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Two piece DnaE-like DNA polymerse III (alpha)

| posted 08 Mar, 2019 22:03
I'm working on two EF draft genomes. All 7 EF genomes have a DnaE-like DNA polymerse III (alpha) "gene" that has been split into two parts. These are genes 56 and 57 in Anakin and NarutoRun, the genes are coding from different frames (+1 and +2), gene 57's RBS Z score is 2.415 it has a so-so final score of -4.264, and there is a consistent 11 bp gap between the genes. The non-draft genomes AnnaSerena and Krampus give both genes the same DnaE-like DNA polymerse III (alpha) function. In an HHPred anaylsis Gene 56 aa1 - 315 has a 100% probability match to aa 19-324 of an Ecoli DnaE DNA polymerase III (alpha) crystal structure, and gene 57 aa15-594 matches (100% probability) the Ecoli structure from 315 - 1160. (If I run HHPred with the merged gene56+57 sequence I again get a 100% probability match but now to the full length Ecoli crystal structure.) I'm seeing the same split, two pieces with the same function whose summed size "equals" an intact DnaE-like DNA polymerse III (alpha), in non-draft (and by phamerator the draft) genomes of several other small clusters: R, AC, CB, DG, and 2-3 singletons. Not all of the pieces are the same size, and in some cases there is a small, intervening "NKF" gene.
The big question is: do I continue the trend and call both functions "DnaE-like DNA polymerse III (alpha)", and if not what is the alternative?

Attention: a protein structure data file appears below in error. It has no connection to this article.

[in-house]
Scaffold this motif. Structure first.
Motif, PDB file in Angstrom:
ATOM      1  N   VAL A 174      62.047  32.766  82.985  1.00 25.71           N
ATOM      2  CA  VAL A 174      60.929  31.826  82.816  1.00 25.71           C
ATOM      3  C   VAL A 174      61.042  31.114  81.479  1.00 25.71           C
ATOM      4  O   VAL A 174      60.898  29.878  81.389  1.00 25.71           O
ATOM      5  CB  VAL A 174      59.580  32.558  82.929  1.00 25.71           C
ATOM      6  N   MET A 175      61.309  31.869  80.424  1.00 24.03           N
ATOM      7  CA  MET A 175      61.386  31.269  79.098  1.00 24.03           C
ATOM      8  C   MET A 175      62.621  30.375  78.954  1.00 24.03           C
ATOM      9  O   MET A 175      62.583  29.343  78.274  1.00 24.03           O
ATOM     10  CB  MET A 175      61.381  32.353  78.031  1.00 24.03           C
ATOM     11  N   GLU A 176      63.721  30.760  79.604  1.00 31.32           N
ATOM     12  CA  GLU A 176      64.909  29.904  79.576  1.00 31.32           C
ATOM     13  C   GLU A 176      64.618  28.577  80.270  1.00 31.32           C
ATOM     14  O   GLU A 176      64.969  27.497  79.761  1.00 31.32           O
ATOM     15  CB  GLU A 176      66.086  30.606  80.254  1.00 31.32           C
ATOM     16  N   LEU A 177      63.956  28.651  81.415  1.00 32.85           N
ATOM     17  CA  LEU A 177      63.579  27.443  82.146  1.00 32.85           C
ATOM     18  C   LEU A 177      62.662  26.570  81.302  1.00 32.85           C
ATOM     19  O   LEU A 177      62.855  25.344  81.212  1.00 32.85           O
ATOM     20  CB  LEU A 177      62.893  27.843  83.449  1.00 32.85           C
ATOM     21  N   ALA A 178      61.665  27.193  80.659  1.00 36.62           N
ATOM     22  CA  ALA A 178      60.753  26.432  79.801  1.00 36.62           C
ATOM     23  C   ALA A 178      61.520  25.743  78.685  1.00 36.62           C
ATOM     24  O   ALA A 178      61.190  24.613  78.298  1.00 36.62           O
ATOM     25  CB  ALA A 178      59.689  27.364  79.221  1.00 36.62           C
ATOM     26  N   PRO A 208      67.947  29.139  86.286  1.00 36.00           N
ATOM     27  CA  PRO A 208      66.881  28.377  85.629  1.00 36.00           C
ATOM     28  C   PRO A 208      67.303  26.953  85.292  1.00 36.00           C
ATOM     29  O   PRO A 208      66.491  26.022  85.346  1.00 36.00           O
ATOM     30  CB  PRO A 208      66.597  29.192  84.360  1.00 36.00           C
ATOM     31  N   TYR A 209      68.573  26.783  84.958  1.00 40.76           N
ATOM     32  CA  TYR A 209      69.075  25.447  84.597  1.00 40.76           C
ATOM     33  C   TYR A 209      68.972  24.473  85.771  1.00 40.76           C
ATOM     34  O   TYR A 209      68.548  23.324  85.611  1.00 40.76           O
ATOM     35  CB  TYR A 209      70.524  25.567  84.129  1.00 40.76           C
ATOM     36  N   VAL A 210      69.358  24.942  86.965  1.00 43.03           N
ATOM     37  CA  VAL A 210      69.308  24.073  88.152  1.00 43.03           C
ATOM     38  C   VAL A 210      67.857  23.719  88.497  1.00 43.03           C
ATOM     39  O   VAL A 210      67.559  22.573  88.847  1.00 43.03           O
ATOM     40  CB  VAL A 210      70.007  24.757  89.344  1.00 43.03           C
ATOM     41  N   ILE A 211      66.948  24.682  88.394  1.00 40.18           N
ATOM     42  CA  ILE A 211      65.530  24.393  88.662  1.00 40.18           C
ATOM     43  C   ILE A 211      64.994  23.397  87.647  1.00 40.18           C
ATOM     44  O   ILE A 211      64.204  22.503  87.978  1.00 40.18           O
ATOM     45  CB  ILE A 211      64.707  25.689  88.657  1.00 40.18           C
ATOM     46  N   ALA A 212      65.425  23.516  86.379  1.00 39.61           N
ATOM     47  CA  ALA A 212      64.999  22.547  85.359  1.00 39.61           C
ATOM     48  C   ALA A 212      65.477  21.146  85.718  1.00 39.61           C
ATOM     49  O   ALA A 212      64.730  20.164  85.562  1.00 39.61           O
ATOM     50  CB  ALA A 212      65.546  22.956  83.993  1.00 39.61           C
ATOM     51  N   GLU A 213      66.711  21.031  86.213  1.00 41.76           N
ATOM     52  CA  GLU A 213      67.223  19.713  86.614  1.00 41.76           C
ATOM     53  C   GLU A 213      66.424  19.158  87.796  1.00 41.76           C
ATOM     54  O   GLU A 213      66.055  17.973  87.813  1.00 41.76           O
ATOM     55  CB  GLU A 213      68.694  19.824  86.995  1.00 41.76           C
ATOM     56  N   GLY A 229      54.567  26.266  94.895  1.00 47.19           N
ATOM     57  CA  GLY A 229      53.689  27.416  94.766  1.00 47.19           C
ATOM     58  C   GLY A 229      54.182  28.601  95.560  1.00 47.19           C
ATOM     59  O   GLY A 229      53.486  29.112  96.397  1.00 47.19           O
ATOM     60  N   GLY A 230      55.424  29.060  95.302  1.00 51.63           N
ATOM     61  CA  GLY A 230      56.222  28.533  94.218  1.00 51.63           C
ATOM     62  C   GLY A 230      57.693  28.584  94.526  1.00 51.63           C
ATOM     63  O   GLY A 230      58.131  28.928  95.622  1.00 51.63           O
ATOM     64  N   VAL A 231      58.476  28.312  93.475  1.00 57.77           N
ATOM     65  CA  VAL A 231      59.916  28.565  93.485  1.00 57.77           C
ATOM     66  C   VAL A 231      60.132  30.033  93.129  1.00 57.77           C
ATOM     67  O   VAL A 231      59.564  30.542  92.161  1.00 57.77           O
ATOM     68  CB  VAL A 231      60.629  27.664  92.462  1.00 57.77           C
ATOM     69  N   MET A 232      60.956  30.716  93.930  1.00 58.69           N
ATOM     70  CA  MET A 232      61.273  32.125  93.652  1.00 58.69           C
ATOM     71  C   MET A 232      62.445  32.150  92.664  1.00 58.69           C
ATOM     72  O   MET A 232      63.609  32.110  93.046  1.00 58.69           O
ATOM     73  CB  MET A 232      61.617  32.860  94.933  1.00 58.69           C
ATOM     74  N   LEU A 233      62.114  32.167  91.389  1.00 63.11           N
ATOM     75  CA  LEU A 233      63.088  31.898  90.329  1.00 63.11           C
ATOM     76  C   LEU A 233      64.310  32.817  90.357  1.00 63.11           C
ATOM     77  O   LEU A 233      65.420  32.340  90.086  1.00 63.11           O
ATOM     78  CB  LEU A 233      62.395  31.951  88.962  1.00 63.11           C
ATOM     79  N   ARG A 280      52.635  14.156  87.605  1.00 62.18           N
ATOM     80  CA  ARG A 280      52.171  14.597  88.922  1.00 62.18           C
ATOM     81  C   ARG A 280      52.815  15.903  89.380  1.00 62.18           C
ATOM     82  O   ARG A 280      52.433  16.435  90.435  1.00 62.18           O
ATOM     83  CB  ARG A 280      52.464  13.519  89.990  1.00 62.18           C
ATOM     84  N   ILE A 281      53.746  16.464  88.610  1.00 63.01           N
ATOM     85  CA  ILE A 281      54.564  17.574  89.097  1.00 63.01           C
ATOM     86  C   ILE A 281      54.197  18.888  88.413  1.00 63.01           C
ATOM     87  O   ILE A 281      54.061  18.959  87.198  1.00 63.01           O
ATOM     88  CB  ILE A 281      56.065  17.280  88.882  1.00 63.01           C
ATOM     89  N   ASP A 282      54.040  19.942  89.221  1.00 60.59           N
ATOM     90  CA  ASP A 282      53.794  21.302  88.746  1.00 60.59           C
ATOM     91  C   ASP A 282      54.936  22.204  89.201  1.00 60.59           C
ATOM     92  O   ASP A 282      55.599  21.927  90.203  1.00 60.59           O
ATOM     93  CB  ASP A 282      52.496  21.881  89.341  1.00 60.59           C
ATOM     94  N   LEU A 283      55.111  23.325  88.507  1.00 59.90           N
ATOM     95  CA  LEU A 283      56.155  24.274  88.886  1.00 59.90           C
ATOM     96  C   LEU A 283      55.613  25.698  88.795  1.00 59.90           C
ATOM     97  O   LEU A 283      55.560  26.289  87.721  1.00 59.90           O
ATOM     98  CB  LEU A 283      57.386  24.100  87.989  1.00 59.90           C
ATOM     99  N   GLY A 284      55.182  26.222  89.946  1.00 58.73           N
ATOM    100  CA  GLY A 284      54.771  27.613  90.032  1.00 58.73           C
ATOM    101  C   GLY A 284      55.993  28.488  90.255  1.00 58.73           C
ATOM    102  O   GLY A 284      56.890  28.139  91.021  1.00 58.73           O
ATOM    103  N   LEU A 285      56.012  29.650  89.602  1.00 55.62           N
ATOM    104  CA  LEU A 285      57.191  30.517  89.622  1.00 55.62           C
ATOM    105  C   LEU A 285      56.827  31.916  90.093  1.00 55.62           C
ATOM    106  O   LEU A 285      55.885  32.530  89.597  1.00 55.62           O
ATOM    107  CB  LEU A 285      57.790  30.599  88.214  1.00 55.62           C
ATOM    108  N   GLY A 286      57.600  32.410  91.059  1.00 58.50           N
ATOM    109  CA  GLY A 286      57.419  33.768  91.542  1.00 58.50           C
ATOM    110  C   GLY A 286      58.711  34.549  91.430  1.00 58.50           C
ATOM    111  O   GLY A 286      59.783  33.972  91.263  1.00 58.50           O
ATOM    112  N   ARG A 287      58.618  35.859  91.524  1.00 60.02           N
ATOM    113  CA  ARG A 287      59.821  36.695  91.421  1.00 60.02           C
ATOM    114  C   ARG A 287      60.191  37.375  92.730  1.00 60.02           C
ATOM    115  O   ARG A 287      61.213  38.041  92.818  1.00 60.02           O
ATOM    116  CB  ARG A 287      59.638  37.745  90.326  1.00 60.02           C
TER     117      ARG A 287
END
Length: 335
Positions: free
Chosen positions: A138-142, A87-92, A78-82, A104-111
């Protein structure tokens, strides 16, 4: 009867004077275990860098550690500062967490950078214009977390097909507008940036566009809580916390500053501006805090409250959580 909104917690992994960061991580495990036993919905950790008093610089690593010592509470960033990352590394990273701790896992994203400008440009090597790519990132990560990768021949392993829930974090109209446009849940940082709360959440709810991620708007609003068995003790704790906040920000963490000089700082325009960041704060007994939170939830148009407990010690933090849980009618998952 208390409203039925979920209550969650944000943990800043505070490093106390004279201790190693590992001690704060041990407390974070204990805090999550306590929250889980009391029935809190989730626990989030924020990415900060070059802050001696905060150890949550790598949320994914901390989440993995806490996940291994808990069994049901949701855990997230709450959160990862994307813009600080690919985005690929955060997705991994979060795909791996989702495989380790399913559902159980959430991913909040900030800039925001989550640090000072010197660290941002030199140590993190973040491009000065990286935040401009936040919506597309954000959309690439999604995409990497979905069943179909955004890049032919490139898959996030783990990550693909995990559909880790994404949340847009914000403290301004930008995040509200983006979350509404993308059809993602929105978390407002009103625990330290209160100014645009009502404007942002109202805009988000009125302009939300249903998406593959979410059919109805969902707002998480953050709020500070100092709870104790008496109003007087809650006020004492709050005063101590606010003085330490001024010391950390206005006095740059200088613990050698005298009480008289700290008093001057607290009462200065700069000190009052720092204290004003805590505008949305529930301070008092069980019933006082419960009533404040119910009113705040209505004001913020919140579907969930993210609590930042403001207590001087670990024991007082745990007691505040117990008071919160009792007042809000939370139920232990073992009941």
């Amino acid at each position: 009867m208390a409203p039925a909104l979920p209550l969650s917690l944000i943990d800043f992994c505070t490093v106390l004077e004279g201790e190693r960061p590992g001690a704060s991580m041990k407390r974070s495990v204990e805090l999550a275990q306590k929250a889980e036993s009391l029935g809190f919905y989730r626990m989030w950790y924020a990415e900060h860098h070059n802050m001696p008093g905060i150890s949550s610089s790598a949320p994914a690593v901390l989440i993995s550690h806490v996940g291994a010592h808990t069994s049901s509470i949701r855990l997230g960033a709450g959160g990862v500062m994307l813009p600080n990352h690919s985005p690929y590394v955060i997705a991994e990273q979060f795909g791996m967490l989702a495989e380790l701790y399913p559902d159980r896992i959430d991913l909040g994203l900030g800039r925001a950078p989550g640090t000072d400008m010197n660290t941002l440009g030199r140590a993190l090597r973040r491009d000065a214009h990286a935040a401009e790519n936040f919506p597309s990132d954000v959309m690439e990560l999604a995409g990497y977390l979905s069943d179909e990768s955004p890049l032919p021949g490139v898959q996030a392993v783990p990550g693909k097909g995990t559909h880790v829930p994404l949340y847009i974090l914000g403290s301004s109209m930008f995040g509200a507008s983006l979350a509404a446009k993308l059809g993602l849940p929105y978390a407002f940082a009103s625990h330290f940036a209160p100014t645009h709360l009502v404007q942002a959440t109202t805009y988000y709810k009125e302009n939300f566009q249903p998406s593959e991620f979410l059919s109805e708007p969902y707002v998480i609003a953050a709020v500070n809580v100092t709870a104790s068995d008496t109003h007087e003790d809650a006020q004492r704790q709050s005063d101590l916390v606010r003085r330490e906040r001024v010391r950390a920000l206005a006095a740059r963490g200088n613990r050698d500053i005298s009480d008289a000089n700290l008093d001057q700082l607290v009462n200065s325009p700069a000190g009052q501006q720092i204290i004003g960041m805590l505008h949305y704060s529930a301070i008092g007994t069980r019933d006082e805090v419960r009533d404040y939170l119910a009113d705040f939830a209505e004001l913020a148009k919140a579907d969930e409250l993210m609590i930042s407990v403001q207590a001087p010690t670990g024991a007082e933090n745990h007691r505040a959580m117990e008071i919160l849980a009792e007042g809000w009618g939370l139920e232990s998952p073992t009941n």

| posted 11 Mar, 2019 19:24
the alternative would be to create two approved annotation terms that indicate how the subdomains of the protein are divided between the two polypeptide chains. This is similar to how some AY phage have the large terminase being split into a "ATP-ase domain" and a "nuclease domain".

I think the issue will be is there really value added with defining two new terms. If the split in your DNA pol correlates well with domain locations, like the above terminase example, it might make sense. If, on the other hand, the split does not split nicely domains in a sensible way (like the polypeptides split a doamin into two halves) then there is probably not a better solution than the one currently in use which is to give each part the name of the whole. As a reminder, to propose the addition of the two terms you think would better represent the gene products use the "request a new function" topic.
| posted 13 Mar, 2019 15:09
After some additional digging there is no substantial evidence for two domains in the alpha chain. So, I'm going to continue the trend and leave these two gene calls with the same function.
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